Experience can be ascertained from the length of time spent in management positions in a given company or related companies and the type of work done there. Education and age are, of course, also indicators.
Vision is recognizable through a manager’s publications, membership in clubs, associations, councils and political parties and the recognition he or she has received for turning vision into reality.
By asking “How have management flops been corrected?” and whether such slip-ups represent a decisive downturn or a springboard for recovery, we can tell whether a manager holds fast to his vision.
Endurance can be evaluated in terms of the time structure of a manager’s career at a given company. Of course, a considerable length of time spent in one position can also indicate that he or she has been “forgotten” there. Being recalled, however, to a former position is often a sign of a good capacity to endure.
A manager’s motivation is often evident from many of the qualities already mentioned. Additional indicators, however, are those that fall under the heading “Quality of Life”: membership in the local rotary club, interest in hobbies and sports, ties to the “top manager circuit,” etc. But there are also managers who prefer to concentrate on family life as a way of dealing with the stress of the job. For them, the home is a place of refuge after business trips, conferences and meetings. You should also note whether a manager gives his private address or not. Many managers in Germany are reluctant to do so because they wish to have their peace and quiet. In Anglo-Saxon countries and in Scandinavia, however, attitudes often differ. Homes are not kept secret because managers there no the value of having good relations with their neighbors. For many communities, it is often easier as well to respect managers as fellow citizens when they know them as private citizens.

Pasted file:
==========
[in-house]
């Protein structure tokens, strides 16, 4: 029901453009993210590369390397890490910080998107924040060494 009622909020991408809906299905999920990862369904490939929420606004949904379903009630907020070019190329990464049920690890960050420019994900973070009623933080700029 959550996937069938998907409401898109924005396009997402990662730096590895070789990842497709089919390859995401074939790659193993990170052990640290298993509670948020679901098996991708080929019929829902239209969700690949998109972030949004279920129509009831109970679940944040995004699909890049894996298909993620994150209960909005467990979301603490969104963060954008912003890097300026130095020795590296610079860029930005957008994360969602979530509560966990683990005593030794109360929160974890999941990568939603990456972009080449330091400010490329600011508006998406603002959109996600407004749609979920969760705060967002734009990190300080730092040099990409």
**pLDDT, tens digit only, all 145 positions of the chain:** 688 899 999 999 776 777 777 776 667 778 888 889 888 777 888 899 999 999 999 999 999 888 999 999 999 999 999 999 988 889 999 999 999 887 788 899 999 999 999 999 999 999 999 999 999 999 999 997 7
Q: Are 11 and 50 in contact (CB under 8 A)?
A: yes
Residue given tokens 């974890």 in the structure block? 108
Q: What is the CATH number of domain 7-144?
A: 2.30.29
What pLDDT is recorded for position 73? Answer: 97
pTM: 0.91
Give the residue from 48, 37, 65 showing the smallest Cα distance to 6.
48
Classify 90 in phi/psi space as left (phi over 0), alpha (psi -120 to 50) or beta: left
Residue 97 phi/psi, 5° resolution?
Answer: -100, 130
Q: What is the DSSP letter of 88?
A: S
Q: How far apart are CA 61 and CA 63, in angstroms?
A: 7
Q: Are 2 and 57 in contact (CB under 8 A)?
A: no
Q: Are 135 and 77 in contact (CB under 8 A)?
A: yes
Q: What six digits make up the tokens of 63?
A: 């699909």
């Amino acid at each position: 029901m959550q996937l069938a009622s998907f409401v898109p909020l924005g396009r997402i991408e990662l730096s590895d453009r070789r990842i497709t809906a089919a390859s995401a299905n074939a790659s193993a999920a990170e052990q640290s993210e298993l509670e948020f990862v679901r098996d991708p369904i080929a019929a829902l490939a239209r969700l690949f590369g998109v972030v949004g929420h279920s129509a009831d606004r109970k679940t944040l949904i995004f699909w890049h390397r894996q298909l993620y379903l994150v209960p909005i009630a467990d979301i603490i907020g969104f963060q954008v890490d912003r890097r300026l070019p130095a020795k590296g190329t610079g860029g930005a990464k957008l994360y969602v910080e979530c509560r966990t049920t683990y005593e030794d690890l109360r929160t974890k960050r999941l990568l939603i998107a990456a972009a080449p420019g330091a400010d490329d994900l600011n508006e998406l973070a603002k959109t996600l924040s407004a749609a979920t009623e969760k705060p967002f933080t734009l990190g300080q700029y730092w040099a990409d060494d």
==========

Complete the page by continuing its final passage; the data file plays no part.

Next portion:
On the other hand, notoriety can present problems for children, on whom unjust demands and expectations are sometimes placed solely because of the position of their mother and/or father. Often, such children soon find themselves isolated, perhaps because they don’t ride their bike to school but are driven instead. In situations like this, children suffer from an excess of attention and recognition given to their parents. With such families, it is not just important, but essential, that they are treated normally. Perhaps this is why they so often lead such private lives.
One important component of management ethics is what is often called “fair play.” This applies to employees and colleagues, customers, job applicants, opinion makers, the press and political, social, environmental and business groups. The willingness to sit on a council is one example of the application of ethics. Important questions from both customers and employees concerning management should be answered. Contact with the media – which includes investor and public relations – should be given priority. One measure of success at this is the number of positive mentions of a company in the press. An active commitment to dealing with environmental issues and participation in public debate are others.